Reviewer Wally Wood: Wally is a a professional writer and a member of the American Society of Journalists and Authors. He holds a master's degree in creative writing from the City University of New York as well as a bachelor's degree from Columbia University where he majored in philosophy. As a volunteer, he has taught writing in men's state prisons and to middle-school students in his local library.
His first novel, Getting Oriented: A Novel About Japan received positive reviews even from people who do not know him. As a ghost-writer, he has written 19 business books, all published by commercial publishers. He has recently published The Girl in the Photo which is currently available from Amazon and Barnes & Noble as a trade paperback or Kindle download.
Author: Kamel Daoud
Publisher: Other Press
Albert Camus's The Stranger (in the Matthew Ward translation) begins: "Maman died today. Or yesterday maybe. I don't know."
Kamel Daoud's The Meursault Investigation (in John Cullen's translation) begins: "Mama's still alive today. She doesn't say anything now, but there are many tales she could tell. Unlike me: I've rehashed this story in my head so often, I almost can't remember it anymore."
Daoud is an Algerian journalist based in Oran, where he writes for Algeria's third-largest French-language newspaper. His novel is a tour-de-force, has won a number of prizes, is being translated around the world, and will be the basis of a 2017 film.
Meursault is the name of Camus's narrator, a pied noir who seems to be without ambition, motivation, or inner life. When his boss in Algiers offers a bigger job, an opportunity to live in Paris and travel, he turns him down. "I said that people never change their lives, that in any case one life was as good as another and that I wasn't dissatisfied with mine her at all." That evening when Marie, the woman with whom he's been having sex, asks if he wants to marry her, "I said it didn't make any difference to me and that we could if she wanted to." In the middle of the book, almost carelessly, Meursault shoots an anonymous Arab on the beach, then fires four more bullets into his body. The Arab is a stranger, and Meursault feels no more remorse for the killing than love for Marie or enthusiasm for his job.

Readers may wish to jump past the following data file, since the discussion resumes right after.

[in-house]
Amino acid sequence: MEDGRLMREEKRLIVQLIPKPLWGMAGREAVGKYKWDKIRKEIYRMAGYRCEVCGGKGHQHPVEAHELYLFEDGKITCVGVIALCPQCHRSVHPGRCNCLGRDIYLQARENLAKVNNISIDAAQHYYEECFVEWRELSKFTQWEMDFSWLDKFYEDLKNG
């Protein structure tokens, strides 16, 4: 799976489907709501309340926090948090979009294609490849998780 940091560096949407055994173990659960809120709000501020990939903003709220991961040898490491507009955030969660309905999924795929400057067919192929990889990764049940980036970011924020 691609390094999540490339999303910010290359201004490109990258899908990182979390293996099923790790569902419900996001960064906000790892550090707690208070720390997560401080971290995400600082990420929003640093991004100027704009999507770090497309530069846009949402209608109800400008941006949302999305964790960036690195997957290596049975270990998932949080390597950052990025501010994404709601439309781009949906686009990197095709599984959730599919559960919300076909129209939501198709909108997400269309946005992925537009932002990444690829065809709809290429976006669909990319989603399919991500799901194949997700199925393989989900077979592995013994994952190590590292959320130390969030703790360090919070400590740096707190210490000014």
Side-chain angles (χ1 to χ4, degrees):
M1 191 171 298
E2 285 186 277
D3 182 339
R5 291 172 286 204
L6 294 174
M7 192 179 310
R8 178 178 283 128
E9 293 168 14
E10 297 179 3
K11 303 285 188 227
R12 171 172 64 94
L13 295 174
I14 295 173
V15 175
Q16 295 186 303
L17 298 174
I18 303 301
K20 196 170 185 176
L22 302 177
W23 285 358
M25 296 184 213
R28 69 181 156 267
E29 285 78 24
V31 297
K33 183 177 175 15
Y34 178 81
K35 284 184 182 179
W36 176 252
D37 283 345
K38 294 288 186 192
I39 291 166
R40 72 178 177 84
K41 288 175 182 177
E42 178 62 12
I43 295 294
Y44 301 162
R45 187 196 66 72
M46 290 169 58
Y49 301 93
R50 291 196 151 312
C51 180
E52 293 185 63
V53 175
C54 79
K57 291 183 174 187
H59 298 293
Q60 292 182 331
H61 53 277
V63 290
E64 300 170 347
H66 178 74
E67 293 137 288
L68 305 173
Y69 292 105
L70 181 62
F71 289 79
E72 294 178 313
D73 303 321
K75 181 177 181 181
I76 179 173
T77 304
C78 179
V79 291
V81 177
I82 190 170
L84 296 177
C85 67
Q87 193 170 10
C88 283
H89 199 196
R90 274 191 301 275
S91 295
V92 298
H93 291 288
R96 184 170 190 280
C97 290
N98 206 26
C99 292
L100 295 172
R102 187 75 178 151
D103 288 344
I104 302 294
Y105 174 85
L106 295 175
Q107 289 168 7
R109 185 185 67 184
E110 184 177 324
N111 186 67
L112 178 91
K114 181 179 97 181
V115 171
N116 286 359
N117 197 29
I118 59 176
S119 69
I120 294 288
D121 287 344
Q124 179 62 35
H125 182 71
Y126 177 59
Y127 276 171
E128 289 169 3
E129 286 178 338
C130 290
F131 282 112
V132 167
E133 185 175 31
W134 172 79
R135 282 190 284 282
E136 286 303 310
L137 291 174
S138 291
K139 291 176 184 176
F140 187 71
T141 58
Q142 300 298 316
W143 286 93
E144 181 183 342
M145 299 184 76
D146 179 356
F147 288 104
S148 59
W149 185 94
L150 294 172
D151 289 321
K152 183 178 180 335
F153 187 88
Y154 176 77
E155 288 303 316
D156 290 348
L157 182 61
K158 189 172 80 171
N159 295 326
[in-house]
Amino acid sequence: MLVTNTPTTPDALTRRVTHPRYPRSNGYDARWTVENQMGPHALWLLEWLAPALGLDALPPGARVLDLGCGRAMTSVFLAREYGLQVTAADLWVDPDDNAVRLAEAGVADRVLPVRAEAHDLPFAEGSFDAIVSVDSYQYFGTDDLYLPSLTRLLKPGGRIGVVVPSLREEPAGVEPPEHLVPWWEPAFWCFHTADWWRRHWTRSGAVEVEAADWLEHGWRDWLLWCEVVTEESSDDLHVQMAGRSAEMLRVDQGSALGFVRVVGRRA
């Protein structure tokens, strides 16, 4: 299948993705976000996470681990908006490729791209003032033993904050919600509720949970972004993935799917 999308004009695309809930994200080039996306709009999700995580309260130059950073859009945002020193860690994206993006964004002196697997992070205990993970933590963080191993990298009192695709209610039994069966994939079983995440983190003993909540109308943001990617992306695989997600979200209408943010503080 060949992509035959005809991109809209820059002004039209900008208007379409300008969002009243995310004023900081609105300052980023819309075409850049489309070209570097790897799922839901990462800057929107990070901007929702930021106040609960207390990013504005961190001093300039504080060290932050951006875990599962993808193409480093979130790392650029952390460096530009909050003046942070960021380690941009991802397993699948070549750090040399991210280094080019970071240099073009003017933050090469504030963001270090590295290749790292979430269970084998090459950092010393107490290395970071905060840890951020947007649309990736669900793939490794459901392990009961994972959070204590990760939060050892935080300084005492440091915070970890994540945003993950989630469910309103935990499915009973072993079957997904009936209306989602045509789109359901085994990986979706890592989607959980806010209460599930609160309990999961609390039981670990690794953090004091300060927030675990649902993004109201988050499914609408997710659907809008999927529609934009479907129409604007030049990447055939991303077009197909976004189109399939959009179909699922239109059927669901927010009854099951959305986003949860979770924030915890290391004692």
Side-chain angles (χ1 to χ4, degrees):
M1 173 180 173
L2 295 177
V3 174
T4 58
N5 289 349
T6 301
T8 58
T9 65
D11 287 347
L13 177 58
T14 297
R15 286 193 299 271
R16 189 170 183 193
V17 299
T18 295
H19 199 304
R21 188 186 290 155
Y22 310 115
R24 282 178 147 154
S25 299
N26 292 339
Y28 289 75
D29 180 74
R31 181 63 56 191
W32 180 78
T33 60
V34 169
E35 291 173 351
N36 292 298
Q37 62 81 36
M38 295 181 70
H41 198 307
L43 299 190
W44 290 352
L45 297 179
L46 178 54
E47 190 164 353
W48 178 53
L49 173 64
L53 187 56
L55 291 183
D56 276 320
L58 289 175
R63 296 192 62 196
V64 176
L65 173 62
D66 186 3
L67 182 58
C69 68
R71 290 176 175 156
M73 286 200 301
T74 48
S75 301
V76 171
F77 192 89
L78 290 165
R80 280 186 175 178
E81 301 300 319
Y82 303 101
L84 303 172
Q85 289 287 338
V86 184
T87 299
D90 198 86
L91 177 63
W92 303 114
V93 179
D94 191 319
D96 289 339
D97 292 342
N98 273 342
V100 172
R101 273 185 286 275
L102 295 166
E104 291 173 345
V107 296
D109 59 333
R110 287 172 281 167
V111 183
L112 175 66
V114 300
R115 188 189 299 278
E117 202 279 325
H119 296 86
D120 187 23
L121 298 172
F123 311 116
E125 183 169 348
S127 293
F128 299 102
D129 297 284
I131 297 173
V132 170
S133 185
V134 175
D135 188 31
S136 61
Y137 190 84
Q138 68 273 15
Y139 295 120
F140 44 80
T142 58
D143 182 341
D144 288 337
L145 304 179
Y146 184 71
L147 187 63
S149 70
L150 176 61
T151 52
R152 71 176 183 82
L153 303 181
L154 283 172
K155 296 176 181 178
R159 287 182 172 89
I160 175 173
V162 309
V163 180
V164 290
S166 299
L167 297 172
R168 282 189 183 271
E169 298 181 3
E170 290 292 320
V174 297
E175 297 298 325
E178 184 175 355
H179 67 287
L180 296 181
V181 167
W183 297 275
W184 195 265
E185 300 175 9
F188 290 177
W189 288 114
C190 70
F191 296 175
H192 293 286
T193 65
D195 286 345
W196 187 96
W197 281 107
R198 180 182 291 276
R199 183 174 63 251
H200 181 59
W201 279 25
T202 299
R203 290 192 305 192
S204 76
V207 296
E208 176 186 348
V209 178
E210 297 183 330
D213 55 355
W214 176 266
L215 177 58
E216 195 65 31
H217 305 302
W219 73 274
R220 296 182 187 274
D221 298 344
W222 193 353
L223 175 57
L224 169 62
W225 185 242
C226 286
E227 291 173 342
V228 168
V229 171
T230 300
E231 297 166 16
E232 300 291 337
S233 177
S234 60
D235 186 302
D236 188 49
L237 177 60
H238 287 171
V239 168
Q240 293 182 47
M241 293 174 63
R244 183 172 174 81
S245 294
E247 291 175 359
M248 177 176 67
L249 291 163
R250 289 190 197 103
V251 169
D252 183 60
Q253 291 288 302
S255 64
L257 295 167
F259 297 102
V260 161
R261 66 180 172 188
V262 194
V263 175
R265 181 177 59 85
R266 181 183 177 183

Daoud's brilliant idea was to tell the story of the murder from the point of view of the dead Arab's brother, who was a child at the time. He's now an old man, sitting in an Oran bar, talking to an unidentified and silent interlocutor, hashing and rehashing the murder. He gives the victim a name, Musa, and talks about the effect on himself and his mother, his anger at the unnamed author who wrote a book about Meursault, colonialism, his involvement (or not) in the Algerian revolution, his own murder of a pied noir, his failed relationship with a woman. I believe a case could be made that Daoud's narrator is a mirror image of Meursault. Except that this narrator is more engaged:
"I squeezed the trigger and fired twice. Two bullets. On in the belly, and the other in the neck. That makes seven all told, I thought at once, absurdly. (But the first five, the ones that killed Musa, had been fired twenty years earlier . . .)"
He, like Meursault, has interesting observations about life: "To tell the truth, love is a heavenly beast that scares the hell out of me. I watch it devour people, two by two; it fascinates them with the lure of eternity, shuts them up in a sort of cocoon, lifts them up to heaven, and then drops their carcasses back to earth like peels. Have you seen what becomes of people when they split up? They're scratches on a closed door."
One does not have to have read The Stranger to be fascinated and engaged by Daoud's narrator but reading it, then The Meursault Investigation can make the experiences seriously richer. I was skeptical about an unknown writer taking off on the Nobel Prize-winning Camus, but Kamel Daoud's novel, while offering its own rewards, can stand with Camus's.